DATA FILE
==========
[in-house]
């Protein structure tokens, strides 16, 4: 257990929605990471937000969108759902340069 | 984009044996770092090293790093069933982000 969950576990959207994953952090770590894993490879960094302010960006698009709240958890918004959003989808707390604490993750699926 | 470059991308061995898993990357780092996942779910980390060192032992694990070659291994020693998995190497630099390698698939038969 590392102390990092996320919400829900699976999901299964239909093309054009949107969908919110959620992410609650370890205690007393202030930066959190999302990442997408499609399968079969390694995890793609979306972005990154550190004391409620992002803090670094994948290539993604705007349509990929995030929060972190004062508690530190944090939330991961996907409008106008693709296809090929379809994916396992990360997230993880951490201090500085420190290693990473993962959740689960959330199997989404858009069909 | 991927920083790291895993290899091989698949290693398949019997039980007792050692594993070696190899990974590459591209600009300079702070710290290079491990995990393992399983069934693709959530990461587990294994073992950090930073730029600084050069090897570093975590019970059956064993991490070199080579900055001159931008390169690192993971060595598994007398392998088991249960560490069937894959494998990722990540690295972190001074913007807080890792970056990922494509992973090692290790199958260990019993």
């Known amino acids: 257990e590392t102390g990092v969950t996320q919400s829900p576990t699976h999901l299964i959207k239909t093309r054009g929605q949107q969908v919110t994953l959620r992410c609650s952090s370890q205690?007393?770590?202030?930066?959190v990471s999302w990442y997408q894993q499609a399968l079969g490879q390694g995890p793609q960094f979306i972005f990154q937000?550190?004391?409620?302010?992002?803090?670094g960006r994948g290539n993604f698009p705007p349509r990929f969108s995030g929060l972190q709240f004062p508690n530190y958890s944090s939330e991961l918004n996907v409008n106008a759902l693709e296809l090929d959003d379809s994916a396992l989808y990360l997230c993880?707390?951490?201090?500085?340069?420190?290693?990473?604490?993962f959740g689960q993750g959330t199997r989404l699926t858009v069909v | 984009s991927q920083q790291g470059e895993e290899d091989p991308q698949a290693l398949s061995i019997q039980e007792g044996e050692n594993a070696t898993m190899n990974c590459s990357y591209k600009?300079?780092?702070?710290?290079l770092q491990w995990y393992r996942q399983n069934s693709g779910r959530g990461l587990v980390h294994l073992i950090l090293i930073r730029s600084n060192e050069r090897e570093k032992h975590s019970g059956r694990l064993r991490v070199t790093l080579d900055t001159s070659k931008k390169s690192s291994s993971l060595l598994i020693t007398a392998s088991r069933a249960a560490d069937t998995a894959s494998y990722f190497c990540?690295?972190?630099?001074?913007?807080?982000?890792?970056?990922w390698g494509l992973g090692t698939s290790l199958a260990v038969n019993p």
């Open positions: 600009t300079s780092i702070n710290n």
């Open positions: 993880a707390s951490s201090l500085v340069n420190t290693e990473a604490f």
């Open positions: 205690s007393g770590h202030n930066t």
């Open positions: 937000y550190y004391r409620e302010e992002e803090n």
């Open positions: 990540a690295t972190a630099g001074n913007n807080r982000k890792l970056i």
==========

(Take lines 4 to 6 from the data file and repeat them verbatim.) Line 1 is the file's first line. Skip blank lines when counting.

């Open positions: 600009t300079s780092i702070n710290n």
């Open positions: 993880a707390s951490s201090l500085v340069n420190t290693e990473a604490f």
């Open positions: 205690s007393g770590h202030n930066t």